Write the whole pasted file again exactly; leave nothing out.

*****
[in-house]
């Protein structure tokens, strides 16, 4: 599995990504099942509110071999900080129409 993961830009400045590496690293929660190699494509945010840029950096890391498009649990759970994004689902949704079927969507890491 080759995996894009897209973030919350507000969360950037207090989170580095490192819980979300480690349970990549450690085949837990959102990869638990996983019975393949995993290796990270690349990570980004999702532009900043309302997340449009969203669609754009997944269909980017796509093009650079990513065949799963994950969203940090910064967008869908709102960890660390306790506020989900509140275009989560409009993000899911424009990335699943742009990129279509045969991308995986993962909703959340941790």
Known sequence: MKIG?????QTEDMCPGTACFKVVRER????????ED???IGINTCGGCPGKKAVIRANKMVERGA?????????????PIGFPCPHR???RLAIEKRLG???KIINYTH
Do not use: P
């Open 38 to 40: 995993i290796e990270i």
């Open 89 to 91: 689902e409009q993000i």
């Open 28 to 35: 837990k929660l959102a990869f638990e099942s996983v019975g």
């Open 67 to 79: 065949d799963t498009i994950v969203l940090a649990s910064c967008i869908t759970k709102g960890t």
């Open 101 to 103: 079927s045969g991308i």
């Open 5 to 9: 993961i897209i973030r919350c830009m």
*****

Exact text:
[in-house]
């Protein structure tokens, strides 16, 4: 599995990504099942509110071999900080129409 993961830009400045590496690293929660190699494509945010840029950096890391498009649990759970994004689902949704079927969507890491 080759995996894009897209973030919350507000969360950037207090989170580095490192819980979300480690349970990549450690085949837990959102990869638990996983019975393949995993290796990270690349990570980004999702532009900043309302997340449009969203669609754009997944269909980017796509093009650079990513065949799963994950969203940090910064967008869908709102960890660390306790506020989900509140275009989560409009993000899911424009990335699943742009990129279509045969991308995986993962909703959340941790």
Known sequence: MKIG?????QTEDMCPGTACFKVVRER????????ED???IGINTCGGCPGKKAVIRANKMVERGA?????????????PIGFPCPHR???RLAIEKRLG???KIINYTH
Do not use: P
């Open 38 to 40: 995993i290796e990270i």
């Open 89 to 91: 689902e409009q993000i």
């Open 28 to 35: 837990k929660l959102a990869f638990e099942s996983v019975g």
């Open 67 to 79: 065949d799963t498009i994950v969203l940090a649990s910064c967008i869908t759970k709102g960890t």
């Open 101 to 103: 079927s045969g991308i």
């Open 5 to 9: 993961i897209i973030r919350c830009m």